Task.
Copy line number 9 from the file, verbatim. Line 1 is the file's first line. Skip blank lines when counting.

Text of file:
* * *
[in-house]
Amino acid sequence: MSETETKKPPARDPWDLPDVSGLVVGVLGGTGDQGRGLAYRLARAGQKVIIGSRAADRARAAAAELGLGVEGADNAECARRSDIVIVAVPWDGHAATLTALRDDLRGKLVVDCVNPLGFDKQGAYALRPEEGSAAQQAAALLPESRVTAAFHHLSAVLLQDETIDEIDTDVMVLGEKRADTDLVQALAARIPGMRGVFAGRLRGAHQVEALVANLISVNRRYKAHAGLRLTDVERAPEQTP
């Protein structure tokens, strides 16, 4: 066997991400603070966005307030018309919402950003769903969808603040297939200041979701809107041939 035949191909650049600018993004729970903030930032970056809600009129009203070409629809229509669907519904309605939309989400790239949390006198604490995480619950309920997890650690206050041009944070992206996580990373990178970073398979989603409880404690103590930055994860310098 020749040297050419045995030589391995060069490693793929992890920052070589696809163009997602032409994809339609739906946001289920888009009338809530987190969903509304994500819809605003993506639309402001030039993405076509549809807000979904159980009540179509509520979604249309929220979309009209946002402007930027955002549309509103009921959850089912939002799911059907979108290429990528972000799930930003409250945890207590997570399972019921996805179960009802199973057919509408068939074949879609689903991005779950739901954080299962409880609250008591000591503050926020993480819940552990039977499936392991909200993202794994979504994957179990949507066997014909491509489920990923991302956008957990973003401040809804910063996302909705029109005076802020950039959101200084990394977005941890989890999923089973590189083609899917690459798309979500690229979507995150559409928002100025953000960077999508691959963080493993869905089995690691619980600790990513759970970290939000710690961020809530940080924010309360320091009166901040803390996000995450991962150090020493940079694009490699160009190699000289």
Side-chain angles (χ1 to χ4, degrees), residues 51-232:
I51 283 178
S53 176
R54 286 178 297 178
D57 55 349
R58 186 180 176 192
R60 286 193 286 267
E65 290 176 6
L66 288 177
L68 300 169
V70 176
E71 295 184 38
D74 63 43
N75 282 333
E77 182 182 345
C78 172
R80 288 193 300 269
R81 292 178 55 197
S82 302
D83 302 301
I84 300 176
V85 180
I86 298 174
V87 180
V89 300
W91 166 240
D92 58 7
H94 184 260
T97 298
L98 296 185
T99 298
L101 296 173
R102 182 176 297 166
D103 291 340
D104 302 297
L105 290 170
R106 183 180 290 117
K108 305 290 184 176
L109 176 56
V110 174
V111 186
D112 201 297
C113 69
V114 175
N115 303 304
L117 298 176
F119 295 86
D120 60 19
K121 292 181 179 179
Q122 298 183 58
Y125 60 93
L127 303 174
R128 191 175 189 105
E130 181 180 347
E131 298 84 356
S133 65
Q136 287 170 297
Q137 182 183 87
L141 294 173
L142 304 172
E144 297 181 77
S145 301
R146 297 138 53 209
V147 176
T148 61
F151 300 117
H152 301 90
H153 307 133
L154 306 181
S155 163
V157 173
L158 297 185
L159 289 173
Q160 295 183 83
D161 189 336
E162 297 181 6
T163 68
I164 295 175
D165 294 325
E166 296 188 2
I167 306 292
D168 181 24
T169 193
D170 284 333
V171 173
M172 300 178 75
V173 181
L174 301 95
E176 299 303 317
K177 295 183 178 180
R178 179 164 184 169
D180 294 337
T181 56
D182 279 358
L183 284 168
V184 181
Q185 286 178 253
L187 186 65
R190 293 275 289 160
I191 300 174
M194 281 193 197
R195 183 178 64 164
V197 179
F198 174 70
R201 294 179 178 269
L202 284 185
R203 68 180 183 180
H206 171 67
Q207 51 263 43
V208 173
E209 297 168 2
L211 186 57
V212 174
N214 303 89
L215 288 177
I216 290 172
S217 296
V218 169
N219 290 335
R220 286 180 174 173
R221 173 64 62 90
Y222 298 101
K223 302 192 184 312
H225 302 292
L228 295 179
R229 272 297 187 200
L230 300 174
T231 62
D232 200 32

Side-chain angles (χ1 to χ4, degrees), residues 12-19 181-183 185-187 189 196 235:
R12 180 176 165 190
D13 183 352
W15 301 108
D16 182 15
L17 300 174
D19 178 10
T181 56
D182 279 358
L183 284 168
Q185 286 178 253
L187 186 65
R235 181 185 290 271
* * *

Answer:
R58 186 180 176 192